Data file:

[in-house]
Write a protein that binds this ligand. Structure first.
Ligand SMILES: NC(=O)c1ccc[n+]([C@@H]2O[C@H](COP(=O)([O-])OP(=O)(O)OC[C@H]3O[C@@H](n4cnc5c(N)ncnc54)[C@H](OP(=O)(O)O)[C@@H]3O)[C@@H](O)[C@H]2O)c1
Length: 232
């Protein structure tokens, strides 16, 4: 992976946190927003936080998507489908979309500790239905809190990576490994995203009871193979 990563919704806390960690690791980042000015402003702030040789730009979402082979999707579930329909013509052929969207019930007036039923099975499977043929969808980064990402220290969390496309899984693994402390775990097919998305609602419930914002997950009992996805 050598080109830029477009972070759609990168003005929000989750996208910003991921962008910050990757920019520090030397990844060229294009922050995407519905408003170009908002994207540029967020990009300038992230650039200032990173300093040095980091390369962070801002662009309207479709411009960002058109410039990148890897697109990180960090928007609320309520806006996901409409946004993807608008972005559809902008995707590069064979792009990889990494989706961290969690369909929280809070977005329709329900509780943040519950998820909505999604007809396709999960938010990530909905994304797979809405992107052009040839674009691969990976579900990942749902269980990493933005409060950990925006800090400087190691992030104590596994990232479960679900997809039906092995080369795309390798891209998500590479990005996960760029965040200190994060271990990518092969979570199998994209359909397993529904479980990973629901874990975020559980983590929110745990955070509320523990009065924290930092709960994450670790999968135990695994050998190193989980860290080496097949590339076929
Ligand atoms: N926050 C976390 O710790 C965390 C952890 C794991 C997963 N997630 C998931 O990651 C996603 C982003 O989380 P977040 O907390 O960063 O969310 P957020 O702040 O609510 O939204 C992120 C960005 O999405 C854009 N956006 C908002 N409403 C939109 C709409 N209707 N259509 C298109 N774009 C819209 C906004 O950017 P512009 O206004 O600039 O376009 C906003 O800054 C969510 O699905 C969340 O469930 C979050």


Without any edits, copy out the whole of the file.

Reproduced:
[in-house]
Write a protein that binds this ligand. Structure first.
Ligand SMILES: NC(=O)c1ccc[n+]([C@@H]2O[C@H](COP(=O)([O-])OP(=O)(O)OC[C@H]3O[C@@H](n4cnc5c(N)ncnc54)[C@H](OP(=O)(O)O)[C@@H]3O)[C@@H](O)[C@H]2O)c1
Length: 232
């Protein structure tokens, strides 16, 4: 992976946190927003936080998507489908979309500790239905809190990576490994995203009871193979 990563919704806390960690690791980042000015402003702030040789730009979402082979999707579930329909013509052929969207019930007036039923099975499977043929969808980064990402220290969390496309899984693994402390775990097919998305609602419930914002997950009992996805 050598080109830029477009972070759609990168003005929000989750996208910003991921962008910050990757920019520090030397990844060229294009922050995407519905408003170009908002994207540029967020990009300038992230650039200032990173300093040095980091390369962070801002662009309207479709411009960002058109410039990148890897697109990180960090928007609320309520806006996901409409946004993807608008972005559809902008995707590069064979792009990889990494989706961290969690369909929280809070977005329709329900509780943040519950998820909505999604007809396709999960938010990530909905994304797979809405992107052009040839674009691969990976579900990942749902269980990493933005409060950990925006800090400087190691992030104590596994990232479960679900997809039906092995080369795309390798891209998500590479990005996960760029965040200190994060271990990518092969979570199998994209359909397993529904479980990973629901874990975020559980983590929110745990955070509320523990009065924290930092709960994450670790999968135990695994050998190193989980860290080496097949590339076929
Ligand atoms: N926050 C976390 O710790 C965390 C952890 C794991 C997963 N997630 C998931 O990651 C996603 C982003 O989380 P977040 O907390 O960063 O969310 P957020 O702040 O609510 O939204 C992120 C960005 O999405 C854009 N956006 C908002 N409403 C939109 C709409 N209707 N259509 C298109 N774009 C819209 C906004 O950017 P512009 O206004 O600039 O376009 C906003 O800054 C969510 O699905 C969340 O469930 C979050």